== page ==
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William H. Prescott, who had been in correspondence with Stephens since the latter's return from Yucatan, wrote him in August, "I cannot well express to you the great satisfaction and delight I have received from your volumes." He praised Catherwood's illustrations and in deprecating terms referred to Waldeck's "charlatanism" and the "improbability" of the work of earlier archaeological draughtsmen.
With the publication of Central America Stephens was far from finished on the subject of American antiquities. The tenth edition, published in September 1841, contained a preface in which he wrote, "It is his [Stephens'] intention to make a thorough exploration of the ruins of Yucatan which he was prevented from doing before by the illness of Mr. Catherwood. Mr. Catherwood will again accompany him." He continues, in a statement curiously at odds with with other contemporary evidence, "They will be provided with the Daguerreotype, which instrument had not yet reached the country at the time of their embarcation for Central America...."
The daguerreotype was the earliest practical form of photography, in which the image was produced on a silvered copper plate. As Stephens implied, it had only recently been introduced to the American continent. In early September, 1839 one D. W. Seager, an Englishman, had arrived in New York bearing a copy of the recently-published Historique et description des procedes du Daguerreotype.... Seager ordered a camera to be built according to these instructions and produced the first daguerreotype in America on September 16th, 1839. On October 5th he delivered the first American lecture on the new art at the Stuyvesant Institute. One of the sponsors of this lecture, said in an announcement to be "familiar with the process and its extraordinary results," was unable to attend, for he had sailed to Central America two days before. He was none other than John Lloyd Stephens.
Throwing still further doubt on Stephens' protestations of ignorance concerning the daguerreotype is a reminiscence by Henry Hunt Snelling, a pioneer in American photography:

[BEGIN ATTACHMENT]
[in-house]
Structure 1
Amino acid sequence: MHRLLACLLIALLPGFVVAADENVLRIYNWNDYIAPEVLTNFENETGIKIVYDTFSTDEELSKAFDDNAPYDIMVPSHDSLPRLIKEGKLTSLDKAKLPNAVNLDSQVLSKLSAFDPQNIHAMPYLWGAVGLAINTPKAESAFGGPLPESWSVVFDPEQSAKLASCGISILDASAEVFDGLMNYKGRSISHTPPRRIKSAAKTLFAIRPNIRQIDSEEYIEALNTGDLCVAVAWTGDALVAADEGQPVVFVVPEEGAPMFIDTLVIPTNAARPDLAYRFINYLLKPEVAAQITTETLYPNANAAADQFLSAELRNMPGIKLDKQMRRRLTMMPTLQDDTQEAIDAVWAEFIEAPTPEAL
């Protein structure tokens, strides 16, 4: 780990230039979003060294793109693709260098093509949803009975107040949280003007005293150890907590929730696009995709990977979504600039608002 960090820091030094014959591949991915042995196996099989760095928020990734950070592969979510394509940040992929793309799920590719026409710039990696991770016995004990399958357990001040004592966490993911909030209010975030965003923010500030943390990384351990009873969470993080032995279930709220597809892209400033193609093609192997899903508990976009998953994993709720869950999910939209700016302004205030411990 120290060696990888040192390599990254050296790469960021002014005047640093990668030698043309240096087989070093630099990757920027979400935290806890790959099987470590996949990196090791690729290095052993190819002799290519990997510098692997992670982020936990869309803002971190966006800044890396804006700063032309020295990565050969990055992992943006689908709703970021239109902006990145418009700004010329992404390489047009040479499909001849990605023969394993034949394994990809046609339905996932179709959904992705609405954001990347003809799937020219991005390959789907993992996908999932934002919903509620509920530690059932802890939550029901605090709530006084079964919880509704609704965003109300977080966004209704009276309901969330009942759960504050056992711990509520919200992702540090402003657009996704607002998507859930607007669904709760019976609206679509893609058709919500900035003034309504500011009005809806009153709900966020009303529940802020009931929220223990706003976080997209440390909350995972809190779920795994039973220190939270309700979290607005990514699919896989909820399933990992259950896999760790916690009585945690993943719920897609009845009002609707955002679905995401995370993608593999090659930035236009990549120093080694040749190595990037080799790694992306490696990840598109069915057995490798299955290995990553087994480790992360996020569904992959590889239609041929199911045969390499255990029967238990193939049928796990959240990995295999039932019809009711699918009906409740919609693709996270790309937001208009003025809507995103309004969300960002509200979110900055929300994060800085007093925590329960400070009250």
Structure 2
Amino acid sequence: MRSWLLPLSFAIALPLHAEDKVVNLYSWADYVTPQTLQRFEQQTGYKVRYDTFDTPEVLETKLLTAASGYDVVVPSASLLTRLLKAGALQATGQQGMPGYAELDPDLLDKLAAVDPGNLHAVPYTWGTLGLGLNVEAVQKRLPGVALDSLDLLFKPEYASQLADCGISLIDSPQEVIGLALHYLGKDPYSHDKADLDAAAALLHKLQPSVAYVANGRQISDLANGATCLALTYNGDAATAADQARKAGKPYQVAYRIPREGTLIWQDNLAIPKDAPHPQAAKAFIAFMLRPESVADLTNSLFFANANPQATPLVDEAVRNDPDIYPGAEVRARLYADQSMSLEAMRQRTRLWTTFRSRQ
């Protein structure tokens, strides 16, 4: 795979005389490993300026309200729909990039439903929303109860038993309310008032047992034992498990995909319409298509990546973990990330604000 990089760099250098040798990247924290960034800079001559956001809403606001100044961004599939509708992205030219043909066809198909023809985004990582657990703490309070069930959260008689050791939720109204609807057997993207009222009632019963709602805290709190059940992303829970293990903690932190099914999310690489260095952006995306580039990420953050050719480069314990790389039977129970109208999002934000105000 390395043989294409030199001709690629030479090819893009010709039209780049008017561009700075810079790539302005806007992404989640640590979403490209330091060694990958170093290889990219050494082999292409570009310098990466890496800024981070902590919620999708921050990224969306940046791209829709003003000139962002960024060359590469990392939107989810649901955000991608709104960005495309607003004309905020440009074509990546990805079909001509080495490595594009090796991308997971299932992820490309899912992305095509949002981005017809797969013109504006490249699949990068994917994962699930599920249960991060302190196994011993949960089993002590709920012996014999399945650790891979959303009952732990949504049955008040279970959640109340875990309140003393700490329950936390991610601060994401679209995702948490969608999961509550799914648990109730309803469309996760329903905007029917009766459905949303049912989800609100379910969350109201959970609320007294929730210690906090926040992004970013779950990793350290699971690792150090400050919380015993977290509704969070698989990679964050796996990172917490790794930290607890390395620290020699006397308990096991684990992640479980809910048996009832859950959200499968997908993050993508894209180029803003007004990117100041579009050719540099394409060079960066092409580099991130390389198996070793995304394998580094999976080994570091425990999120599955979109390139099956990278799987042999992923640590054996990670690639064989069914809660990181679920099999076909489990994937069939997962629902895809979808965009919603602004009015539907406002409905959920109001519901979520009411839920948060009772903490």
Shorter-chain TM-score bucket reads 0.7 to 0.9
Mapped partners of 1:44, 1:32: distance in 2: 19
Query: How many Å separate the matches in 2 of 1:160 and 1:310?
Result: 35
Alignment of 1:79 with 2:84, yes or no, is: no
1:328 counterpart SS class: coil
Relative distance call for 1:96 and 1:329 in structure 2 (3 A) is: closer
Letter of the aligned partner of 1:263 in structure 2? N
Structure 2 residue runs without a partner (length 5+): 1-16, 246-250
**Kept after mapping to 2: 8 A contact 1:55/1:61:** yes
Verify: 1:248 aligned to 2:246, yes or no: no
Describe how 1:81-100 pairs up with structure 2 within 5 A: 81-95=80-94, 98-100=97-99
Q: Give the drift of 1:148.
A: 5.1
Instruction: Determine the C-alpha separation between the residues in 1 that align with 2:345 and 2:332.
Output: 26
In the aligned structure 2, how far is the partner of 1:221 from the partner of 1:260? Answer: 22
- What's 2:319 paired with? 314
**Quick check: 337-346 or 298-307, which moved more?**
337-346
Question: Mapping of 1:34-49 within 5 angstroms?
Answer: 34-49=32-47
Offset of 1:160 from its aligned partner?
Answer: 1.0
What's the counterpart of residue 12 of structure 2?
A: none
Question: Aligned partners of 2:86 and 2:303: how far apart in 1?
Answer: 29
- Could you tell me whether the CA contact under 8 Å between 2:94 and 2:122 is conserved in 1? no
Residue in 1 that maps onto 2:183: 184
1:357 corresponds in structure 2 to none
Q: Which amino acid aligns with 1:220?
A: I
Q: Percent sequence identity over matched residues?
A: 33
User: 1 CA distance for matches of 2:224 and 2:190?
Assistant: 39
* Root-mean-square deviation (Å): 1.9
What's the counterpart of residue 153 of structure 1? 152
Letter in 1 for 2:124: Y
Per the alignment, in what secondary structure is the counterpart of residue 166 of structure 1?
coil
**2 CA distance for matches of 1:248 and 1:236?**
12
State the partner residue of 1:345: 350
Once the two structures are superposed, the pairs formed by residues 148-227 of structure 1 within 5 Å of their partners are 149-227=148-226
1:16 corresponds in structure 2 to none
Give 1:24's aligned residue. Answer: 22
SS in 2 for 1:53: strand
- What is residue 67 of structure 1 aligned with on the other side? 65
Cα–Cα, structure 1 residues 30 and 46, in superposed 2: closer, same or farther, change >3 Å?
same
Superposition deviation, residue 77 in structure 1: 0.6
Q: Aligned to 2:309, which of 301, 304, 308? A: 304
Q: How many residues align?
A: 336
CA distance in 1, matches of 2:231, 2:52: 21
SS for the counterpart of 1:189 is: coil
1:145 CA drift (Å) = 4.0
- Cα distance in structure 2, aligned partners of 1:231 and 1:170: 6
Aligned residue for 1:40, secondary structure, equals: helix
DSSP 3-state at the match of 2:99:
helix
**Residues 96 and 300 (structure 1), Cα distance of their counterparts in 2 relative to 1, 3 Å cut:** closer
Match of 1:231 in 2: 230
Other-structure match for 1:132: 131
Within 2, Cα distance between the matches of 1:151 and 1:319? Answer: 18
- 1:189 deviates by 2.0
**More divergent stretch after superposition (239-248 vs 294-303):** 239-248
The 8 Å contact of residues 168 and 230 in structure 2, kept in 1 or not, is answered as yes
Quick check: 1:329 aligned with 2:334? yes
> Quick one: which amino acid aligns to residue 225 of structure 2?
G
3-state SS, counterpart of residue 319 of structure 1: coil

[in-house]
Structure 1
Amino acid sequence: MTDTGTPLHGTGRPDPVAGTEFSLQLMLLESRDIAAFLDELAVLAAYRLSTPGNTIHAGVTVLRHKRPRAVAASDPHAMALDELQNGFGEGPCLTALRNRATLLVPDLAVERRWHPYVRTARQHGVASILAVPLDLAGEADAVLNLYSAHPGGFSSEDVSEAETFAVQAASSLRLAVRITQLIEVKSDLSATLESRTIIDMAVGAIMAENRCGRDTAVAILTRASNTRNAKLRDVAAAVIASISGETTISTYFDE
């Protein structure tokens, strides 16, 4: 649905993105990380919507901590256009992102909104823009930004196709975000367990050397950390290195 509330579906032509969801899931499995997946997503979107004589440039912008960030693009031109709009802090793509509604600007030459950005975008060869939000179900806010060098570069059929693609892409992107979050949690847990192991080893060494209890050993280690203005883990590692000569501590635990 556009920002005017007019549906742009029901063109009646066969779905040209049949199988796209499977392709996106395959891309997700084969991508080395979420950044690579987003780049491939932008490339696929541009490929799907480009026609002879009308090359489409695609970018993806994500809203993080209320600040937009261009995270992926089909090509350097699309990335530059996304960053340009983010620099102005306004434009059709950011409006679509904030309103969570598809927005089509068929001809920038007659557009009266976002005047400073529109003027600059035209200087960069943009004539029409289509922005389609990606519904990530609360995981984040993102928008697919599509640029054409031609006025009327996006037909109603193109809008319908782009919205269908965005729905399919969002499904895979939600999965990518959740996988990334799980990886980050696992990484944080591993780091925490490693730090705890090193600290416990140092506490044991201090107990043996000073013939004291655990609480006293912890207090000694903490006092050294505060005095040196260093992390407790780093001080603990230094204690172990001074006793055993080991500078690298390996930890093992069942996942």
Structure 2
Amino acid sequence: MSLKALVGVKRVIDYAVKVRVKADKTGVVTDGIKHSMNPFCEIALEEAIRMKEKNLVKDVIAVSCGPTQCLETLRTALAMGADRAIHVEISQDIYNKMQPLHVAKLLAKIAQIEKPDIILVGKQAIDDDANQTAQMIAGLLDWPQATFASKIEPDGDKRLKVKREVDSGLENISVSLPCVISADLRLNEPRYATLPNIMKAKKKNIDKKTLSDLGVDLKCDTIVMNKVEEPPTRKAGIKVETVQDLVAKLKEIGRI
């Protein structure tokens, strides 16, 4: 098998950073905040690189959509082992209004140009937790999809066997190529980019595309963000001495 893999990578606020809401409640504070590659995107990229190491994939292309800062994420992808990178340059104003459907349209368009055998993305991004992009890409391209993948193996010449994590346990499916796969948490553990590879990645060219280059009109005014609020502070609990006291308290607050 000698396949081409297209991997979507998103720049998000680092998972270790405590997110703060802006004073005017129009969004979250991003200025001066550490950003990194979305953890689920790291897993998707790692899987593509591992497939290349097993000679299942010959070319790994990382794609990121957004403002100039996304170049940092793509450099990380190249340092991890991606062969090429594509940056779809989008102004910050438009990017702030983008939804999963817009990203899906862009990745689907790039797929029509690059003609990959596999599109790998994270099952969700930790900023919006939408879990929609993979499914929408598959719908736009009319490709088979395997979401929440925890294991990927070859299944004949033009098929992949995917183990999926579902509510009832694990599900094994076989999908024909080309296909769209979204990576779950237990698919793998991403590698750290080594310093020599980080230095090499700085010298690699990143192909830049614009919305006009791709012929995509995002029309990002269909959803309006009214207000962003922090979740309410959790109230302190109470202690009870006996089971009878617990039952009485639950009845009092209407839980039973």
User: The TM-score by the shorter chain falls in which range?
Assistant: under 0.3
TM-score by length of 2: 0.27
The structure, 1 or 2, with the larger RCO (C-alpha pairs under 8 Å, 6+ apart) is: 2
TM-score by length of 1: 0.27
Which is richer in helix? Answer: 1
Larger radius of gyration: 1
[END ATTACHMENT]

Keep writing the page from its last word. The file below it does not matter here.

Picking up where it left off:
|"...Mr. Catherwood, who had been to Central America with Mr. Stephens, the traveler and author, to obtain views of the ancient ruins of that country, returned to New York unsuccessful with his camera. He said the heat was so great, and the atmosphere so yellow, that he could not make the chemicals work, and every attempt at a picture was a failure. We told him we thought we could remedy the evil. As he was going to return to Yucatan with his artist's materials immediately, we induced him to bring his camera to us and have it fitted with blue glass. On his return from this second trip, he informed us that it was effectual, and he brought home many daguerreotypes."|
Snelling's account it is clear that Stephens and Catherwood carried photographic
apparatus with them on their first trip to Central America and Yucatan.
Why, then did Stephens go out of his way to deny it? In Incidents of
Travel in Yucatan, published in 1843, he says of his second expedition's
daguerreotype equipment, "but one specimen had ever before appeared
in Yucatan." He was surely referring to Friederichsthal, whose daguerreotypes
of Maya ruins had already been exhibited in New York. Certainly Stephens
had little enough liking for the Austrian, complaining petulantly to Prescott,
"I gave Friederichsthal a carte du pays for Yucatan and letters and
the result is a publication in the newspapers impeaching the correctness
of Mr. Catherwood's drawings. I did not see him when he passed through
this city....", It is possible, perhaps, that Stephens was so stung
by his failure and Friederichsthal's photographic coup that he did not
wish to suffer the public embarassment that his bungled attempts at photography
might provoke. Unfortunately, further documentary evidence on this matter
is lacking, and the question remains unresolved.